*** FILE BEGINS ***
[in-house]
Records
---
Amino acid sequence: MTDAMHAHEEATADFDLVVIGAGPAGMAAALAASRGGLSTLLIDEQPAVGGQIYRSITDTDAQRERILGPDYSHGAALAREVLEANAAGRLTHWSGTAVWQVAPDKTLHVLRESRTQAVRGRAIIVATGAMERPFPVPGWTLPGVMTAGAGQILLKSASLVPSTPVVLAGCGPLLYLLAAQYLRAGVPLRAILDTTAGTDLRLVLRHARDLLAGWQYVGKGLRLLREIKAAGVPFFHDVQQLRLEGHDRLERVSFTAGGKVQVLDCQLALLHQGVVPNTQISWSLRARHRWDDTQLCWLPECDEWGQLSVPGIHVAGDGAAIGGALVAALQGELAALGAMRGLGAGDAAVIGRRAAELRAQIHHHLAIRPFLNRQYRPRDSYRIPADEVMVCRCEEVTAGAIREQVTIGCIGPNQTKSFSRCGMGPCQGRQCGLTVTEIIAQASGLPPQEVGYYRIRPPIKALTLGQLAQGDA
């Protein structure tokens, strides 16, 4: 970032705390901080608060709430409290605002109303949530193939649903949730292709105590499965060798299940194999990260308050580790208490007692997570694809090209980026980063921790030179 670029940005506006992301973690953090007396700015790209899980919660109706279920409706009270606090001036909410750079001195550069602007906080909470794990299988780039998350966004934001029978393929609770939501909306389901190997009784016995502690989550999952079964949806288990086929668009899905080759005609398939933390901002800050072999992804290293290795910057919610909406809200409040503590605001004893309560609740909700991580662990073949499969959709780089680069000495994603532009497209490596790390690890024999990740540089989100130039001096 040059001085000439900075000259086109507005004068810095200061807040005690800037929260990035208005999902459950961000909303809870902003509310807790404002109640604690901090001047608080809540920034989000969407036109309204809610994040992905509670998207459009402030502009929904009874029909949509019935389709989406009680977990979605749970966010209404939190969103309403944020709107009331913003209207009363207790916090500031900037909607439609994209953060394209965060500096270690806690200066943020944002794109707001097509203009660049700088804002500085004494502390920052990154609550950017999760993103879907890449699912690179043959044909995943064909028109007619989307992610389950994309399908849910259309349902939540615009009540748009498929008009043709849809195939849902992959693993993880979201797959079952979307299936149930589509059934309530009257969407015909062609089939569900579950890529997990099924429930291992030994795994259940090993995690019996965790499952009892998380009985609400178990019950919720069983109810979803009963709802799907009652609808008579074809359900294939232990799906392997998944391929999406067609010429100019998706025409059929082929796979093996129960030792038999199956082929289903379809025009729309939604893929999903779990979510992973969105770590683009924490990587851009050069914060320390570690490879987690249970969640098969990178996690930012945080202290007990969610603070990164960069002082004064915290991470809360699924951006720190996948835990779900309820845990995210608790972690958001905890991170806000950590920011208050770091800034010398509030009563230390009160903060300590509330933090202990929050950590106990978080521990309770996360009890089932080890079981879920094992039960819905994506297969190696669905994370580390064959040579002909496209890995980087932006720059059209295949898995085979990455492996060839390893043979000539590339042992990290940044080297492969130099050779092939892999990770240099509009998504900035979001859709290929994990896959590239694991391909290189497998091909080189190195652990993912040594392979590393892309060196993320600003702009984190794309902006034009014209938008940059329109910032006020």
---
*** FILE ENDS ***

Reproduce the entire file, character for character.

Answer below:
[in-house]
Records
---
Amino acid sequence: MTDAMHAHEEATADFDLVVIGAGPAGMAAALAASRGGLSTLLIDEQPAVGGQIYRSITDTDAQRERILGPDYSHGAALAREVLEANAAGRLTHWSGTAVWQVAPDKTLHVLRESRTQAVRGRAIIVATGAMERPFPVPGWTLPGVMTAGAGQILLKSASLVPSTPVVLAGCGPLLYLLAAQYLRAGVPLRAILDTTAGTDLRLVLRHARDLLAGWQYVGKGLRLLREIKAAGVPFFHDVQQLRLEGHDRLERVSFTAGGKVQVLDCQLALLHQGVVPNTQISWSLRARHRWDDTQLCWLPECDEWGQLSVPGIHVAGDGAAIGGALVAALQGELAALGAMRGLGAGDAAVIGRRAAELRAQIHHHLAIRPFLNRQYRPRDSYRIPADEVMVCRCEEVTAGAIREQVTIGCIGPNQTKSFSRCGMGPCQGRQCGLTVTEIIAQASGLPPQEVGYYRIRPPIKALTLGQLAQGDA
């Protein structure tokens, strides 16, 4: 970032705390901080608060709430409290605002109303949530193939649903949730292709105590499965060798299940194999990260308050580790208490007692997570694809090209980026980063921790030179 670029940005506006992301973690953090007396700015790209899980919660109706279920409706009270606090001036909410750079001195550069602007906080909470794990299988780039998350966004934001029978393929609770939501909306389901190997009784016995502690989550999952079964949806288990086929668009899905080759005609398939933390901002800050072999992804290293290795910057919610909406809200409040503590605001004893309560609740909700991580662990073949499969959709780089680069000495994603532009497209490596790390690890024999990740540089989100130039001096 040059001085000439900075000259086109507005004068810095200061807040005690800037929260990035208005999902459950961000909303809870902003509310807790404002109640604690901090001047608080809540920034989000969407036109309204809610994040992905509670998207459009402030502009929904009874029909949509019935389709989406009680977990979605749970966010209404939190969103309403944020709107009331913003209207009363207790916090500031900037909607439609994209953060394209965060500096270690806690200066943020944002794109707001097509203009660049700088804002500085004494502390920052990154609550950017999760993103879907890449699912690179043959044909995943064909028109007619989307992610389950994309399908849910259309349902939540615009009540748009498929008009043709849809195939849902992959693993993880979201797959079952979307299936149930589509059934309530009257969407015909062609089939569900579950890529997990099924429930291992030994795994259940090993995690019996965790499952009892998380009985609400178990019950919720069983109810979803009963709802799907009652609808008579074809359900294939232990799906392997998944391929999406067609010429100019998706025409059929082929796979093996129960030792038999199956082929289903379809025009729309939604893929999903779990979510992973969105770590683009924490990587851009050069914060320390570690490879987690249970969640098969990178996690930012945080202290007990969610603070990164960069002082004064915290991470809360699924951006720190996948835990779900309820845990995210608790972690958001905890991170806000950590920011208050770091800034010398509030009563230390009160903060300590509330933090202990929050950590106990978080521990309770996360009890089932080890079981879920094992039960819905994506297969190696669905994370580390064959040579002909496209890995980087932006720059059209295949898995085979990455492996060839390893043979000539590339042992990290940044080297492969130099050779092939892999990770240099509009998504900035979001859709290929994990896959590239694991391909290189497998091909080189190195652990993912040594392979590393892309060196993320600003702009984190794309902006034009014209938008940059329109910032006020």
---